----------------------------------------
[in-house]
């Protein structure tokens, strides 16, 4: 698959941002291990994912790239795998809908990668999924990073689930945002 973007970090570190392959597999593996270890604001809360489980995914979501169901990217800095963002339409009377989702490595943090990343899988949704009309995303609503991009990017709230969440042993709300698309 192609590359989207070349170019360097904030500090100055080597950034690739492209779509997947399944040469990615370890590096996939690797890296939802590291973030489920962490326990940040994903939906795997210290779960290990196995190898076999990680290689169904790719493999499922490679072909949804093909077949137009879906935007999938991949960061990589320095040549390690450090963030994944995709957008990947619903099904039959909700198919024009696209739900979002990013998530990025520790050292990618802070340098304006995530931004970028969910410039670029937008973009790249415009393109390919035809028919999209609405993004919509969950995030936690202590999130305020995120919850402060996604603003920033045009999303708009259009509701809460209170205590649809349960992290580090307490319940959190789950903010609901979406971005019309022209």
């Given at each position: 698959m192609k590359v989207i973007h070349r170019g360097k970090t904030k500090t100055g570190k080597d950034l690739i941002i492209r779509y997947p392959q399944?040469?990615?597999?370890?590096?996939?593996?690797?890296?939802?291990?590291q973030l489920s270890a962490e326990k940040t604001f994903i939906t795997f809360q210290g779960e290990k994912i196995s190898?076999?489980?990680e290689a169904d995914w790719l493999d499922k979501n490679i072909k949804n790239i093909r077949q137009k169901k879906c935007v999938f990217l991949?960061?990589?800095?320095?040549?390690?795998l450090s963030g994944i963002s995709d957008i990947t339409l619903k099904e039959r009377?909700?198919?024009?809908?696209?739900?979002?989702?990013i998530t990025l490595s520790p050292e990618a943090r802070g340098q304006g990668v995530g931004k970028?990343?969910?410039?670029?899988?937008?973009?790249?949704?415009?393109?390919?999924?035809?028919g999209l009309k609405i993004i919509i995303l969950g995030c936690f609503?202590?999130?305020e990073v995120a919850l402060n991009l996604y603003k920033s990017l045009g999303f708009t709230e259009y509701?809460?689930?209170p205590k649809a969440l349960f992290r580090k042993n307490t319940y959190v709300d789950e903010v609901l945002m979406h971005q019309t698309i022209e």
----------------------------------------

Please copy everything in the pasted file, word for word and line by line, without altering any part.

[in-house]
């Protein structure tokens, strides 16, 4: 698959941002291990994912790239795998809908990668999924990073689930945002 973007970090570190392959597999593996270890604001809360489980995914979501169901990217800095963002339409009377989702490595943090990343899988949704009309995303609503991009990017709230969440042993709300698309 192609590359989207070349170019360097904030500090100055080597950034690739492209779509997947399944040469990615370890590096996939690797890296939802590291973030489920962490326990940040994903939906795997210290779960290990196995190898076999990680290689169904790719493999499922490679072909949804093909077949137009879906935007999938991949960061990589320095040549390690450090963030994944995709957008990947619903099904039959909700198919024009696209739900979002990013998530990025520790050292990618802070340098304006995530931004970028969910410039670029937008973009790249415009393109390919035809028919999209609405993004919509969950995030936690202590999130305020995120919850402060996604603003920033045009999303708009259009509701809460209170205590649809349960992290580090307490319940959190789950903010609901979406971005019309022209």
């Given at each position: 698959m192609k590359v989207i973007h070349r170019g360097k970090t904030k500090t100055g570190k080597d950034l690739i941002i492209r779509y997947p392959q399944?040469?990615?597999?370890?590096?996939?593996?690797?890296?939802?291990?590291q973030l489920s270890a962490e326990k940040t604001f994903i939906t795997f809360q210290g779960e290990k994912i196995s190898?076999?489980?990680e290689a169904d995914w790719l493999d499922k979501n490679i072909k949804n790239i093909r077949q137009k169901k879906c935007v999938f990217l991949?960061?990589?800095?320095?040549?390690?795998l450090s963030g994944i963002s995709d957008i990947t339409l619903k099904e039959r009377?909700?198919?024009?809908?696209?739900?979002?989702?990013i998530t990025l490595s520790p050292e990618a943090r802070g340098q304006g990668v995530g931004k970028?990343?969910?410039?670029?899988?937008?973009?790249?949704?415009?393109?390919?999924?035809?028919g999209l009309k609405i993004i919509i995303l969950g995030c936690f609503?202590?999130?305020e990073v995120a919850l402060n991009l996604y603003k920033s990017l045009g999303f708009t709230e259009y509701?809460?689930?209170p205590k649809a969440l349960f992290r580090k042993n307490t319940y959190v709300d789950e903010v609901l945002m979406h971005q019309t698309i022209e």